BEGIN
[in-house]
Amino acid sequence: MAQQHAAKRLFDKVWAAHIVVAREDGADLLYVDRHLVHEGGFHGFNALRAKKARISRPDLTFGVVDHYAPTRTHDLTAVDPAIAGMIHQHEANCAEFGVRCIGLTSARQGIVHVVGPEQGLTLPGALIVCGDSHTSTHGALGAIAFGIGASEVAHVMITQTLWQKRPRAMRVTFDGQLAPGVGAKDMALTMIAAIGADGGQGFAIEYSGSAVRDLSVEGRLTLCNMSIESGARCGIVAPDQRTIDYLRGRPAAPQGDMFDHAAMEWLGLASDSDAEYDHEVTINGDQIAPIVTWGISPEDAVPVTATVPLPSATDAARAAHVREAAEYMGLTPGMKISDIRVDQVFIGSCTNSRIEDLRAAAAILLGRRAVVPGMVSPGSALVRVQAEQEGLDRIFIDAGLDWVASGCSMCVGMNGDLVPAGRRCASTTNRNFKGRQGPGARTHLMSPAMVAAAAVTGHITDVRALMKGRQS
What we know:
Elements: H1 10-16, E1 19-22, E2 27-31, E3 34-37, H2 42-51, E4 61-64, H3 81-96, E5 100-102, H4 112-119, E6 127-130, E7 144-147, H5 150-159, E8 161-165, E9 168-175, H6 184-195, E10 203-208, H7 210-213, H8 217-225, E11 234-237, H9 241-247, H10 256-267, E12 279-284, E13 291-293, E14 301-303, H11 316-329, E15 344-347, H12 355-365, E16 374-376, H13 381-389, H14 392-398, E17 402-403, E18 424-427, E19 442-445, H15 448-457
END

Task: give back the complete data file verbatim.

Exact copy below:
[in-house]
Amino acid sequence: MAQQHAAKRLFDKVWAAHIVVAREDGADLLYVDRHLVHEGGFHGFNALRAKKARISRPDLTFGVVDHYAPTRTHDLTAVDPAIAGMIHQHEANCAEFGVRCIGLTSARQGIVHVVGPEQGLTLPGALIVCGDSHTSTHGALGAIAFGIGASEVAHVMITQTLWQKRPRAMRVTFDGQLAPGVGAKDMALTMIAAIGADGGQGFAIEYSGSAVRDLSVEGRLTLCNMSIESGARCGIVAPDQRTIDYLRGRPAAPQGDMFDHAAMEWLGLASDSDAEYDHEVTINGDQIAPIVTWGISPEDAVPVTATVPLPSATDAARAAHVREAAEYMGLTPGMKISDIRVDQVFIGSCTNSRIEDLRAAAAILLGRRAVVPGMVSPGSALVRVQAEQEGLDRIFIDAGLDWVASGCSMCVGMNGDLVPAGRRCASTTNRNFKGRQGPGARTHLMSPAMVAAAAVTGHITDVRALMKGRQS
What we know:
Elements: H1 10-16, E1 19-22, E2 27-31, E3 34-37, H2 42-51, E4 61-64, H3 81-96, E5 100-102, H4 112-119, E6 127-130, E7 144-147, H5 150-159, E8 161-165, E9 168-175, H6 184-195, E10 203-208, H7 210-213, H8 217-225, E11 234-237, H9 241-247, H10 256-267, E12 279-284, E13 291-293, E14 301-303, H11 316-329, E15 344-347, H12 355-365, E16 374-376, H13 381-389, H14 392-398, E17 402-403, E18 424-427, E19 442-445, H15 448-457